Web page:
|Title||Audiovisual Speech Integration in the Brain: Semantics and Temporal Synchrony|
|Publication Type||Conference Papers|
|Year of Publication||2014|
|Authors||Tsilionis, E, Vatakis, A|
|Conference Name||Procedia - Social and Behavioral Sciences|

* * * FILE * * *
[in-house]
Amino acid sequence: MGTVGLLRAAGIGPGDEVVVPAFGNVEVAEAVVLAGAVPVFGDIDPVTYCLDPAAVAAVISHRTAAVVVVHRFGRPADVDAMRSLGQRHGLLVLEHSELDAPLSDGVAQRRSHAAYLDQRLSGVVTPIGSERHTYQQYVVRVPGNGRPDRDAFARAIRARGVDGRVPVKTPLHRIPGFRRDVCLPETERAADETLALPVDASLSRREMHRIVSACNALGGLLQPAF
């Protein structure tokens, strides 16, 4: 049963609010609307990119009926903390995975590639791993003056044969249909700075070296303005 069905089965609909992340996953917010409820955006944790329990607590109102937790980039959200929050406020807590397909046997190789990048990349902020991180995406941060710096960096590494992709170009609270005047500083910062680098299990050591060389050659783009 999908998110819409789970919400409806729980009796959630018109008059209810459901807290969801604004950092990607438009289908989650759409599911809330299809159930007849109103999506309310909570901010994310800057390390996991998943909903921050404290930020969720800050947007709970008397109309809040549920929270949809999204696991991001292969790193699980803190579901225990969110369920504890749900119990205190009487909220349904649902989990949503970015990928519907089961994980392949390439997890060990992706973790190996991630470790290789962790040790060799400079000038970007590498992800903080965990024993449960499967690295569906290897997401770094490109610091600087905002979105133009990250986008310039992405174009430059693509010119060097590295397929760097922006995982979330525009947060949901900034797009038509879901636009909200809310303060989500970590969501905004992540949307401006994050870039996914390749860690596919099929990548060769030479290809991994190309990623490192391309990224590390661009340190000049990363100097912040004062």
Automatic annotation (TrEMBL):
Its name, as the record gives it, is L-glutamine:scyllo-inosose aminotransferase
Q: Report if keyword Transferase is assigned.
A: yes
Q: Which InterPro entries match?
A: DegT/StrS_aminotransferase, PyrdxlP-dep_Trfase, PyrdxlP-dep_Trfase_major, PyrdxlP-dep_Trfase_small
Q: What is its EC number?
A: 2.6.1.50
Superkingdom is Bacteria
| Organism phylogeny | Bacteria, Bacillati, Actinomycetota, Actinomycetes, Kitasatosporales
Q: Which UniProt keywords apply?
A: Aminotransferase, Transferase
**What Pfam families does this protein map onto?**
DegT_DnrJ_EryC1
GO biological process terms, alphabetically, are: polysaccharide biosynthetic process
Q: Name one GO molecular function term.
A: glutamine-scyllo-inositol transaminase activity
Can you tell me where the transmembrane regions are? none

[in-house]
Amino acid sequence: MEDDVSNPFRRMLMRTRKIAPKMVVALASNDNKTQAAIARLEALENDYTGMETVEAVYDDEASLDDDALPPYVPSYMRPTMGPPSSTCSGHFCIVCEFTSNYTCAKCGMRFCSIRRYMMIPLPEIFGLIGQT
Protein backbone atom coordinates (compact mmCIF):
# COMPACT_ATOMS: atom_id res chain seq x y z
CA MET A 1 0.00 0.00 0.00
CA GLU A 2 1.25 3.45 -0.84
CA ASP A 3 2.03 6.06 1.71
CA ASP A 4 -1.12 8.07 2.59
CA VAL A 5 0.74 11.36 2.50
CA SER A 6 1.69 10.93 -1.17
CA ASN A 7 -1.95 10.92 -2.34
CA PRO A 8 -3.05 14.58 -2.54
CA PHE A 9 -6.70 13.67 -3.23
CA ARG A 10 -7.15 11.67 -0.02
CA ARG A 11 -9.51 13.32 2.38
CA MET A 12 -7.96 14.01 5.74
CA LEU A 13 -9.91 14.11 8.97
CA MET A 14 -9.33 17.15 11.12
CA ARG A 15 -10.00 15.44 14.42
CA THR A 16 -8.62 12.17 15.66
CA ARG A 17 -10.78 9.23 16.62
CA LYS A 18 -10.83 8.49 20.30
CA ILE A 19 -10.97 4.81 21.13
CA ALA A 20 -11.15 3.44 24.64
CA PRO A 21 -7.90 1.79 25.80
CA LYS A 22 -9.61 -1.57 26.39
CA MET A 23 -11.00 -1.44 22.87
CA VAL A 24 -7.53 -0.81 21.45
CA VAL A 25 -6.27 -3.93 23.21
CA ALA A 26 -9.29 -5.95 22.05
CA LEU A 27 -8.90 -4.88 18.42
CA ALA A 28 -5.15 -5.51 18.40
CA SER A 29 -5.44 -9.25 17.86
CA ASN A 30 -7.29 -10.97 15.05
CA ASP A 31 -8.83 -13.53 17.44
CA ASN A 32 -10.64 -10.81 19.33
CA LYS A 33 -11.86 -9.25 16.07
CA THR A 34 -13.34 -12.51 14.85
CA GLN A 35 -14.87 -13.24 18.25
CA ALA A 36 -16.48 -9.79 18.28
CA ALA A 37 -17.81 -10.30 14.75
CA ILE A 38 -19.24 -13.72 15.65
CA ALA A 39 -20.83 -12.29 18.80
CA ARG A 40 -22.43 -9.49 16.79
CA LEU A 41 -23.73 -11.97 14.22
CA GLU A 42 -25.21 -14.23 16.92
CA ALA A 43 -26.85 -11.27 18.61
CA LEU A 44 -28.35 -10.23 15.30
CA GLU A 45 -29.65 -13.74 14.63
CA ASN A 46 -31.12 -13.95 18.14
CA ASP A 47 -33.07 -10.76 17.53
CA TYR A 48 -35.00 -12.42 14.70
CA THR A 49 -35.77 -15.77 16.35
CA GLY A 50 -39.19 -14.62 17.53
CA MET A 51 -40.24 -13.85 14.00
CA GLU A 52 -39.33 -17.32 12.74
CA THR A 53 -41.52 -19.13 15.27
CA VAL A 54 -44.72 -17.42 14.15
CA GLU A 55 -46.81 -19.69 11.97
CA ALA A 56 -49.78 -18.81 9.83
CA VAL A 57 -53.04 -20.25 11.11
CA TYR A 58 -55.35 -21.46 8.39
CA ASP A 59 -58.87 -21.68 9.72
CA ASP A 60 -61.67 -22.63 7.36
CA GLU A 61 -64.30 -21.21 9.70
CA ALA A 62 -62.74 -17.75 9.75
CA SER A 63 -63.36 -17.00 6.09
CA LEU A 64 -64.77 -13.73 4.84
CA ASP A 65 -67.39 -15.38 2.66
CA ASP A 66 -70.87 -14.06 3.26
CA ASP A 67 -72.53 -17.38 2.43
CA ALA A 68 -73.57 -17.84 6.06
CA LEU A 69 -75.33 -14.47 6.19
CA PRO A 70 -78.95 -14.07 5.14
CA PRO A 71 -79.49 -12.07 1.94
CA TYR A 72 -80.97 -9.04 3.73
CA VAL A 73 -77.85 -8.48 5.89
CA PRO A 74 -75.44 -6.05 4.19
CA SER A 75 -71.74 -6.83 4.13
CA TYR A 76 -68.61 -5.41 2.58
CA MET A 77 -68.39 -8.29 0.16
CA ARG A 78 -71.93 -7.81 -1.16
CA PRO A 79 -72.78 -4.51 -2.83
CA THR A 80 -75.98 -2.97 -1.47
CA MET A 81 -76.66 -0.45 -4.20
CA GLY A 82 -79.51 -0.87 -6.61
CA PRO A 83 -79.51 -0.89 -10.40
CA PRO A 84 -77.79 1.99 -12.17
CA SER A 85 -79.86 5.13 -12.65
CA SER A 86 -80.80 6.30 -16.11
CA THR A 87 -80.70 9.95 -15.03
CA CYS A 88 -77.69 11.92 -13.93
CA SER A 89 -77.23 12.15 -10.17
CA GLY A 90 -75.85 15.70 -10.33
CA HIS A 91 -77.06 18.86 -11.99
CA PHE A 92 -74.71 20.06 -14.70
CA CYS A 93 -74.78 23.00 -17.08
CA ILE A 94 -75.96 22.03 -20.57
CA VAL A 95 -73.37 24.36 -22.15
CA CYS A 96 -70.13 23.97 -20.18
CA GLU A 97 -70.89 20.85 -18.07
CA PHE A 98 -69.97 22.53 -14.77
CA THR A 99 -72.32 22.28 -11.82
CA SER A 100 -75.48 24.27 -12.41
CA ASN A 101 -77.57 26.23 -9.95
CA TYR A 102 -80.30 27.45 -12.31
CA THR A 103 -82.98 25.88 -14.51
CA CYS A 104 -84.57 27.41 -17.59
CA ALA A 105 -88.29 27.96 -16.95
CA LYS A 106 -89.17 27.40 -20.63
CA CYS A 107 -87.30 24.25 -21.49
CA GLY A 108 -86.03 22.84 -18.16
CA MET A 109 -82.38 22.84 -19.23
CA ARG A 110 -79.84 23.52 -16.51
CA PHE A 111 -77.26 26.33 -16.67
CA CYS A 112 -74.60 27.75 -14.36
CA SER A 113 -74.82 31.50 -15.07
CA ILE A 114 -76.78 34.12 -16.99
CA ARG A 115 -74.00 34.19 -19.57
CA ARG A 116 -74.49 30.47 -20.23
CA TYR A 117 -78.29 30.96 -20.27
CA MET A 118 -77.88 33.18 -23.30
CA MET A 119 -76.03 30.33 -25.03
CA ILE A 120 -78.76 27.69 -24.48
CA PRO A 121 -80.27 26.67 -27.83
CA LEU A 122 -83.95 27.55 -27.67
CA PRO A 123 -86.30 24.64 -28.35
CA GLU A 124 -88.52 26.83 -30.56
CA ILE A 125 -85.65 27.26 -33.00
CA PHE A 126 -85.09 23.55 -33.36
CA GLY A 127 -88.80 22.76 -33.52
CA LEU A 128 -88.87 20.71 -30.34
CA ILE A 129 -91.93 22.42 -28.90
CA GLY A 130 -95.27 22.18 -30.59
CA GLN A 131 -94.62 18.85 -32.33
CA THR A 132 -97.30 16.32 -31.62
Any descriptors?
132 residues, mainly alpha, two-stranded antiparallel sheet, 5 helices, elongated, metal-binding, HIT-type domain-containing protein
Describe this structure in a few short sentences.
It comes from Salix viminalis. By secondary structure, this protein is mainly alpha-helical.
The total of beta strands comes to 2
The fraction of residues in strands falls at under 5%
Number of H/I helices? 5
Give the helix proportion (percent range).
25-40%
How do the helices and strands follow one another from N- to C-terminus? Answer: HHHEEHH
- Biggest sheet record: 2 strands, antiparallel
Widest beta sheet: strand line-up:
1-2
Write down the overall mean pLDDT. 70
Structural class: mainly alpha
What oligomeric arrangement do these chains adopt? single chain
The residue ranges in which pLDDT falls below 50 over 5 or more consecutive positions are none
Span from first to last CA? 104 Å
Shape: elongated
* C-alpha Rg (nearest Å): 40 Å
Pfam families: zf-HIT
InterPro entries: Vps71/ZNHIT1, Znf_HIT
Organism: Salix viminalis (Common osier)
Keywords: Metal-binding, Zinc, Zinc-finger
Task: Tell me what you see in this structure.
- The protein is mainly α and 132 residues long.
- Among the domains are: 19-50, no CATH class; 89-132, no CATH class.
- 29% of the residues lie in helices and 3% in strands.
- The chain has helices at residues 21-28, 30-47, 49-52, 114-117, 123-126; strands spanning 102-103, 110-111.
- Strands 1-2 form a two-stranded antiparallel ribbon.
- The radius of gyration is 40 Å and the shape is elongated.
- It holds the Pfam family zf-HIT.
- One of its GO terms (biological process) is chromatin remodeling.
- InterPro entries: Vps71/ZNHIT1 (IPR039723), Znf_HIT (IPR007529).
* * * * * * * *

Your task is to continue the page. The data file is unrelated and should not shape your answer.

In everyday life we merge information from our different senses in order to perceive the external world. The binding of multisensory input, known as multisensory integration, results in a coherent and unified experience of extenal events, increases their detection, disambiguates their discrimination, leads to faster reaction times, and improves accuracy as opposed to unisensory input (e.g., Stein & Meredith, 1993). However, the accomplishment of integration depends on numerous low- and high-level factors. Low-level structural factors refer to temporal synchrony and spatial location of the stimuli, as well as any temporal correlation between them. Higher-lever cognitive factors refer to semantic congruency, perceptual grouping, and phenomenal causality (Spence, 2007). One very popular theory in multisensory perception is the 'unity assumption' according to which, when signals from different modalities have many common amodal properties, it is more probable the perceptual system to treat them as originating from the same source (Vroomen & Keetels, 2010). A typical event that is being influenced from all the above factors is audiovisual speech. Face-to-face communication requires the integration of the auditory (voice) and visual (lip and facial movements) information of a given speaker(s). One important aspect of speech is the tolerance of larger stimulus onset asynchronies (SOAs) as compared to nonspeech signals (e.g., bigger temporal window of integration for speech as compared to object actions; e.g., van Wassenhove, Grant, & Poeppel, 2007; Vatakis & Spence, 2007). Apart from the growing size of behavioral studies on the topic, the past decade a number of neuroimaging studies have focused on the neural basis of speech integration. A number of brain regions that have repeatedly been reported in audiovisual speech integration include high-level associative or integrative cortices such as the superior temporal sulcus (STS), intraparietal sulcus (IPS), inferior frontal gyrus (IFG), and insula, as well as subcortical regions such as the superior colliculus (SC) and primary sensory cortices (Calvert, Campbell, & Brammer, 2000; Macaluso et al., 2004; Stevenson et al., 2010). One common problem in studies investigating speech perception is the use of continuous speech which is a quite complex stimulus leading to larger and more variable temporal windows of integration as compared to brief speech stimuli (e.g., syllables, words; Vatakis & Spence, 2010). Another issue pertains to the possible recalibration effects due to the lengthy exposure to the asynchrony presented (e.g., Navarra et al., 2005). In the present study by using functional magnetic resonance imaging (fMRI), we intend to examine the effect of semantics and temporal synchrony in unity as well as how this translates in brain activations. More specifically, we are going to use words and pseudo-words (two syllables long at most, thus controlling for complexity and recalibration effects), which will be presented in both the visual and auditory modality under different SOA's. The sensory inputs will be presented in congruent (matching voice and lip/facial movements) and incongruent (mismatching voice and lip/facial movements) format (cf. Vatakis & Spence, 2008). Two tasks will be utilized in a block format. An explicit task, where participants will be required to detect the stimulus congruency, and an implicit task, where participants will be required to report the order of stimulus presentation (i.e., temporal order judgment task; TOJ). Both tasks will allow for the identification of activations related to the semantic relatedness of the stimuli, while the latter task will allow for the examination of visual and auditory speech influence in audiovisual speech integration. This experimental paradigm will allow us to identify the determinants of speech perception, given that our stimuli do not differ along physical (same temporal structure and complexity) and linguistic dimensions (same phonology) except for the semantics.